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Most Of Alaska's Ski And Snowboard Resorts Collect Near Anchorage

AK-Alyeska-Cover The mountains above Anchorage have plenty of steep terrain, especially the North Face at Alyeska. (Image via Alyeska Resort Facebook)

The state's largest city, Anchorage is home to half the state's population, and many of hem ski and ride at a quartet of mountain resorts within an hour's drive.

The big gun in Alaska is Alyeska Ski Resort (1,600 a., 2,500 vert.), the state's biggest and a 50-minute drive from Anchorage. It gets plenty of snow (1,000 inches in 1998-99), which tends to be heavy.

Not much for easy terrain (11%), as upper mountain grabs the attention. Two high-speeds and a tram deliver to three bowls. North Face off the tram and Glacier high-speed is renowned for steep, long runs -- to some, the longest steeps in North America.

On the other side, the lengthy High Traverse off Glacier Express opens into Upper Bowl's wide-open steeps. Keep going onto Max's Traverse and the gnarly double-diamonds drop through sparse trees. Plenty of short drops on the lower sections, too.

Lifts generally open around 10 a.m., and tram, quad and base lifts run until 8 p.m. There's tons of hike-to terrain, including a long hump up to the summit of Alyeska Peak (3,939 ft.) and along the ridge to the nefarious Headwall.

Alyeska just went on as an Ikon Pass seven-day partner. The hotel at the bottom offers classic high-mountain lodging and dining.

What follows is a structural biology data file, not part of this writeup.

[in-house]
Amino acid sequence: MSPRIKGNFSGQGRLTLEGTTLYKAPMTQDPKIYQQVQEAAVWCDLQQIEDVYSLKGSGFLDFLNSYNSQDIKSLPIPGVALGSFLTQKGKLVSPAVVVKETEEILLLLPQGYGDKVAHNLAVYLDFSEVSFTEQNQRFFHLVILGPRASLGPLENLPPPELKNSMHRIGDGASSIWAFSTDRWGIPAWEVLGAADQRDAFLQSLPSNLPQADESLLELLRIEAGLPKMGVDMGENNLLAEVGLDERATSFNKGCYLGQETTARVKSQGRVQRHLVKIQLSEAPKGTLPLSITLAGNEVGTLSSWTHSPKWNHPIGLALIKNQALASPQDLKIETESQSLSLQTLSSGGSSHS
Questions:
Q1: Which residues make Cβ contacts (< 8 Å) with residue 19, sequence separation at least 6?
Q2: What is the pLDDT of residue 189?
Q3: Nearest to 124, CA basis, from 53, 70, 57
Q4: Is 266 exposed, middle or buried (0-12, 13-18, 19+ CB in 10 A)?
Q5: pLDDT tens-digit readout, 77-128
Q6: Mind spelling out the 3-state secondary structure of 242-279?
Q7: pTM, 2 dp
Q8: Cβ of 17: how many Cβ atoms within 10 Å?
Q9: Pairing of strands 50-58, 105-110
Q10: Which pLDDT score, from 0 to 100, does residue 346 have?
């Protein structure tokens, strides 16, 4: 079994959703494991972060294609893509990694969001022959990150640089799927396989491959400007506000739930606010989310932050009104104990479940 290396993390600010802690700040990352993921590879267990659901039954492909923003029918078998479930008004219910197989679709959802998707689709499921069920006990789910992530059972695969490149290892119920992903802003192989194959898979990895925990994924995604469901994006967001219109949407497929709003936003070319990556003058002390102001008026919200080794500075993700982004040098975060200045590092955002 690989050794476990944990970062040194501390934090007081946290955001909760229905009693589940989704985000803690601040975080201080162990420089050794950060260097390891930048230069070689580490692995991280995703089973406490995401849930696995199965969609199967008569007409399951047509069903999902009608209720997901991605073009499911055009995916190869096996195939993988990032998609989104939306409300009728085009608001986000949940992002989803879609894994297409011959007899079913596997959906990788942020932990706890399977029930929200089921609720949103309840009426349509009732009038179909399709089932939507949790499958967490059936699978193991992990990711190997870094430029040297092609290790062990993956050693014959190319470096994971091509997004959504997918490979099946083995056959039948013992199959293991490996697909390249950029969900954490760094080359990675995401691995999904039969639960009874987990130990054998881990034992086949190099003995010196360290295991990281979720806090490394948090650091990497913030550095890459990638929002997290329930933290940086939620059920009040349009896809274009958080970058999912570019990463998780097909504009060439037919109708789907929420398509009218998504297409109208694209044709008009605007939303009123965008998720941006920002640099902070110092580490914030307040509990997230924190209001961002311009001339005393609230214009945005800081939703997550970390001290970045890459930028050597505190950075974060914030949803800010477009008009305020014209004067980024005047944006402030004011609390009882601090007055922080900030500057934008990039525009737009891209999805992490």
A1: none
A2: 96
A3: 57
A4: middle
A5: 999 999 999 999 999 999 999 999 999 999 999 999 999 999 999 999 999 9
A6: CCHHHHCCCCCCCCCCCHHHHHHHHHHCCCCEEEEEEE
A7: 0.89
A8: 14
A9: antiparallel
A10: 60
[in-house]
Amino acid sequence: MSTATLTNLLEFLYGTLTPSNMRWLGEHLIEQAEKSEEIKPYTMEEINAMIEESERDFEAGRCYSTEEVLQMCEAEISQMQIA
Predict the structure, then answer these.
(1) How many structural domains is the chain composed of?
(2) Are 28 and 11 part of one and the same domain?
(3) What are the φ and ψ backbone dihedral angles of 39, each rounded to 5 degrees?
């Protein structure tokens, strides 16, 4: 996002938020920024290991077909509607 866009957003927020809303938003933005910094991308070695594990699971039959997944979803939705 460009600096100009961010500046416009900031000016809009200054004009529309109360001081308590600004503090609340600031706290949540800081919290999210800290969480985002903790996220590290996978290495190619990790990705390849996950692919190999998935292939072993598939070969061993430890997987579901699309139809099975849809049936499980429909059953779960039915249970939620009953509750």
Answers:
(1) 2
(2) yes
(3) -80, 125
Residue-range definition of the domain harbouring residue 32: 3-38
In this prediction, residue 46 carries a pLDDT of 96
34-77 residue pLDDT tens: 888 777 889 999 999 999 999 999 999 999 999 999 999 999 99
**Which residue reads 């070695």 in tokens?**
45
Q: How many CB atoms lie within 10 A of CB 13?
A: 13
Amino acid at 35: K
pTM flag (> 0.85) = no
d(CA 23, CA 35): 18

About 30 minutes drive from Anchorage is nonprofit Artic Valley (320 a., 1,500 vert.), the oldest operating ski hill in the state and run by Anchorage Ski Club. Open on weekends only, Artic Valley has a pair of 40-year-old double chairs, but the star is a 2,800-foot retractable cable T-bar that handles the front side.

Terrain is wide open, not a tree to be seen. Most of the pitch leans to novice-intermediate grade, but steeps are tucked away under Rendezvous Peak (4,068). Tickets are cheap, facilities basic at this local hill. Closing times extend as late at 7:30 p.m. as the season goes on.

Hilltop Ski Area (30 a., 294 vert.) qualifies as Anchorage's genuine local hill. Perched above the suburban Hillside East neighborhood, it's got a triple chair for the main runs and a long platter for the extensive terrain park. A couple of black runs intermingle with greens and blues.

With snowmaking and lighting all over the hill -- and even RFID ticketing -- Hilltop is open until 8 p.m. except on Sunday. There's competitive ski jumps next door.

And finally Sheetawk (30a., 300 vert.), an hour's drive from Anchorage at Hatcher Pass. Open in 2020 by a local nonprofit, what the native Dena'ina call "the place we slide down" has a triple chair for the whole hill. Big plans for future would extend to summit of Government Peak (4,068) for a 2,600 vertical drop. 

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